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China Ups the Ante

Posted by Larry Doyle on March 23, 2009 11:12 PM |

In ten days, the leaders of the G-20 will meet for the most highly anticipated financial conference since Bretton Woods in 1944. In a bold and aggressive move prior to this conference, China’s central bank called today for the replacement of the U.S. dollar as the international reserve currency. 

I have written about the tension in U.S.-Chinese relations over the last few months. The essence of this tension is captured in the Prisoner’s Dilemma and A Question of Honor.

Make no mistake: the timing, tone, and substance of this message so close to the start of the G-20 is another major shot across our bow. The ramifications for a change in this international reserve currency are enormous, both politically and economically. Check out current, worthwhile discussions on this topic collected from a variety of sources at Memeorandum.com. In addition, I recommend reading the following article from the Financial Times:

China calls for new reserve currency
By Jamil Anderlini in Beijing
Published: March 23 2009 12:16 | Last updated: March 24 2009 00:06 

China’s central bank on Monday proposed replacing the US dollar as the international reserve currency with a new global system controlled by the International Monetary Fund.

In an essay posted on the People’s Bank of China’s website, Zhou Xiaochuan, the central bank’s governor, said the goal would be to create a reserve currency “that is disconnected from individual nations and is able to remain stable in the long run, thus removing the inherent deficiencies caused by using credit-based national currencies”.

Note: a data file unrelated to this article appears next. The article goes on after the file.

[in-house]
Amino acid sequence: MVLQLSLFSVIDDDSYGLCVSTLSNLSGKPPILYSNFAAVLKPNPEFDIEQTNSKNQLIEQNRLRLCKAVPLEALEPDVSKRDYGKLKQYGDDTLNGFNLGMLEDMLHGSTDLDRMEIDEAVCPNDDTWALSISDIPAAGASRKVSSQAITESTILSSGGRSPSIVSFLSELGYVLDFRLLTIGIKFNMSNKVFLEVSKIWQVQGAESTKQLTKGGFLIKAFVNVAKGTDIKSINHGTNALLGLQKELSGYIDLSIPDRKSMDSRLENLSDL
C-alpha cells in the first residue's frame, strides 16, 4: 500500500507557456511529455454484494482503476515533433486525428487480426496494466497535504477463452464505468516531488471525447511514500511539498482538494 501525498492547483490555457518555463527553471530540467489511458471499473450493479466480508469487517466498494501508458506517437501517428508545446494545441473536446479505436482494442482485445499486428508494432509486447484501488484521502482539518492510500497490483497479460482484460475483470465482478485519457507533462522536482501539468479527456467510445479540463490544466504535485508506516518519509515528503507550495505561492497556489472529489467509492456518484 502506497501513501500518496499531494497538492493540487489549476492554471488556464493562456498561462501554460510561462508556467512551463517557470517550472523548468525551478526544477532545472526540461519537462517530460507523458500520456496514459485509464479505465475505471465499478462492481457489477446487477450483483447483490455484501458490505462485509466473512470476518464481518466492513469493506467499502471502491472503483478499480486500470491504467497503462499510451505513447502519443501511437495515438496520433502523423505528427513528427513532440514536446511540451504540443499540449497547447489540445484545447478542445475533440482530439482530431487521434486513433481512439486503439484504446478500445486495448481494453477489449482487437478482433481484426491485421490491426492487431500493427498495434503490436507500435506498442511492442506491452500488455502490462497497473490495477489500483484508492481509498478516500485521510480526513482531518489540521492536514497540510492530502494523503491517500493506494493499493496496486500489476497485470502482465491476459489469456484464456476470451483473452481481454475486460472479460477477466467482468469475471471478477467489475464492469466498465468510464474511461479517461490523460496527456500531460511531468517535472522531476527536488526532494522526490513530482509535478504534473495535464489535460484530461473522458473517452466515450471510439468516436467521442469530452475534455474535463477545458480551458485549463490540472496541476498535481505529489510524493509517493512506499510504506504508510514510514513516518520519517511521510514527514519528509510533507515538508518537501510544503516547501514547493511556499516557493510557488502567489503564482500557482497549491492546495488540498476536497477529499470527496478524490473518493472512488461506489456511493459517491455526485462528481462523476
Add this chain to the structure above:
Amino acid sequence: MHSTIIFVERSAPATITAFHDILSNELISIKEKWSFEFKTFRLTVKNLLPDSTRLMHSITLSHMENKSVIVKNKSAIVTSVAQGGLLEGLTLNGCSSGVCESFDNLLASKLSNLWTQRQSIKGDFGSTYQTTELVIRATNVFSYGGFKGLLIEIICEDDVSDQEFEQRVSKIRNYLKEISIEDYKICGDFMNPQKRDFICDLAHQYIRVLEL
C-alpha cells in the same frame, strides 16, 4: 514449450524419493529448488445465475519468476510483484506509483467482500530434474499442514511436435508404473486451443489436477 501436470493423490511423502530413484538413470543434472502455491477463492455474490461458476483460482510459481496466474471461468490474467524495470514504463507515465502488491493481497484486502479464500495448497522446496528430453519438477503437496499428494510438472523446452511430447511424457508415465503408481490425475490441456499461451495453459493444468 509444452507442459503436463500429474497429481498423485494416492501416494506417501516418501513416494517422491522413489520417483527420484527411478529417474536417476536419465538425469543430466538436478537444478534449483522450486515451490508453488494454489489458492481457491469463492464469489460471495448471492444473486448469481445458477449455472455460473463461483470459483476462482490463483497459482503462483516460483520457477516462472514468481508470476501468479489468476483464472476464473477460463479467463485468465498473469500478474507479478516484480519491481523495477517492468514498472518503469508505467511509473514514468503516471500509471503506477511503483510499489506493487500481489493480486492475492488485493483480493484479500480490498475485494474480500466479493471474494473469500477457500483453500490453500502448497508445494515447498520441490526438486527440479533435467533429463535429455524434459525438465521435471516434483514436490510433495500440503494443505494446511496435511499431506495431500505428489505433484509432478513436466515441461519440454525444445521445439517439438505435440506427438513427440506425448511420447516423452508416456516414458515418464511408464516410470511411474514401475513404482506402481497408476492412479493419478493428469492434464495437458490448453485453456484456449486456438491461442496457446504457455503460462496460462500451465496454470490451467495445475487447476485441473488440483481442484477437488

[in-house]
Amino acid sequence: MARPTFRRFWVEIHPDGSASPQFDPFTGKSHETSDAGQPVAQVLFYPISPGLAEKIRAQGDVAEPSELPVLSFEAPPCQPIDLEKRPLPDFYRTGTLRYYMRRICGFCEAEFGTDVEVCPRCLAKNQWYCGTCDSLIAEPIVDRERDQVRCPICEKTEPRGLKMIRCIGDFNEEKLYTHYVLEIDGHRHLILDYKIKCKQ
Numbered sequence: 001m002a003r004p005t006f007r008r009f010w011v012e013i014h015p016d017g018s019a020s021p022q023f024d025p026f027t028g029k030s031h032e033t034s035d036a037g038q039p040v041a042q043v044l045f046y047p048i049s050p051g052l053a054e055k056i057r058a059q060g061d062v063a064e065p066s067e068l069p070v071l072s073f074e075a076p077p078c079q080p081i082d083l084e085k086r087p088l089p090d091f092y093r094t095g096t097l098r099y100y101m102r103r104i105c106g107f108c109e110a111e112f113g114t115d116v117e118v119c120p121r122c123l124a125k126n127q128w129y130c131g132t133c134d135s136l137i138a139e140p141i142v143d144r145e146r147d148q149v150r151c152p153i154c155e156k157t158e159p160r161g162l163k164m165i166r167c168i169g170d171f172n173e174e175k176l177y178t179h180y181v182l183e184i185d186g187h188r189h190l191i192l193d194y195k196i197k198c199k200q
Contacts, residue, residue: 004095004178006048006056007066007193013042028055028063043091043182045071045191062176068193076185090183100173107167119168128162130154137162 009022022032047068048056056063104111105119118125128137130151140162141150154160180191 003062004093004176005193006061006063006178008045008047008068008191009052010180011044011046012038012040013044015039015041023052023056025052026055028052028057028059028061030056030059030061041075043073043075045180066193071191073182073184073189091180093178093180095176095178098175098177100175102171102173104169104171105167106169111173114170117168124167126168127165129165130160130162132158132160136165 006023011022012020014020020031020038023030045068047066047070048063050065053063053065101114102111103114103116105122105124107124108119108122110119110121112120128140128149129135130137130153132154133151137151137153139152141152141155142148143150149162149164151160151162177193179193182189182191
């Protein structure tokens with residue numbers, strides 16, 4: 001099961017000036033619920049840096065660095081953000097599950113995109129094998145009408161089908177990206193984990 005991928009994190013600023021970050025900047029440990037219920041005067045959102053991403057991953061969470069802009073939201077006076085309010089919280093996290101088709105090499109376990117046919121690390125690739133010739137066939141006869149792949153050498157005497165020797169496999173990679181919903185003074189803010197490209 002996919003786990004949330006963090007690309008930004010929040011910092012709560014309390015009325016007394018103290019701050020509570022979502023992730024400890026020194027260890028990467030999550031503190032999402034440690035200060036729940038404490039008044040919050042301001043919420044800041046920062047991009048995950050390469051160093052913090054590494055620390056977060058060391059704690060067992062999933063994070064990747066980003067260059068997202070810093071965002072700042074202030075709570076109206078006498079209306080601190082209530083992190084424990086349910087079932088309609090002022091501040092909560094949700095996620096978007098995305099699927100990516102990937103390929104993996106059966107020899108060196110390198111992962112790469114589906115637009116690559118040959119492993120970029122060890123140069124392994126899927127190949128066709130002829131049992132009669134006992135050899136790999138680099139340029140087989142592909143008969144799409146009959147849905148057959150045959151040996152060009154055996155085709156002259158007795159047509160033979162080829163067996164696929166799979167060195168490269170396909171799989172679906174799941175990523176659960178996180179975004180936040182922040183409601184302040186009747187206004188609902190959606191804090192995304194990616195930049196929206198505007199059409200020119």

Analysts said the proposal was an indication of Beijing’s fears that actions being taken to save the domestic US economy would have a negative impact on China.

“This is a clear sign that China, as the largest holder of US dollar financial assets, is concerned about the potential inflationary risk of the US Federal Reserve printing money,” said Qu Hongbin, chief China economist for HSBC.

Although Mr Zhou did not mention the US dollar, the essay gave a pointed critique of the current dollar-dominated monetary system.

“The outbreak of the [current] crisis and its spillover to the entire world reflected the inherent vulnerabilities and systemic risks in the existing international monetary system,” Mr Zhou wrote.

China has little choice but to hold the bulk of its $2,000bn of foreign exchange reserves in US dollars, and this is unlikely to change in the near future.

To replace the current system, Mr Zhou suggested expanding the role of special drawing rights, which were introduced by the IMF in 1969 to support the Bretton Woods fixed exchange rate regime but became less relevant once that collapsed in the 1970s.

Today, the value of SDRs is based on a basket of four currencies – the US dollar, yen, euro and sterling – and they are used largely as a unit of account by the IMF and some other international organisations.

China’s proposal would expand the basket of currencies forming the basis of SDR valuation to all major economies and set up a settlement system between SDRs and other currencies so they could be used in international trade and financial transactions.

Countries would entrust a portion of their SDR reserves to the IMF to manage collectively on their behalf and SDRs would gradually replace existing reserve currencies.

Mr Zhou said the proposal would require “extraordinary political vision and courage” and acknowledged a debt to John Maynard Keynes, who made a similar suggestion in the 1940s.






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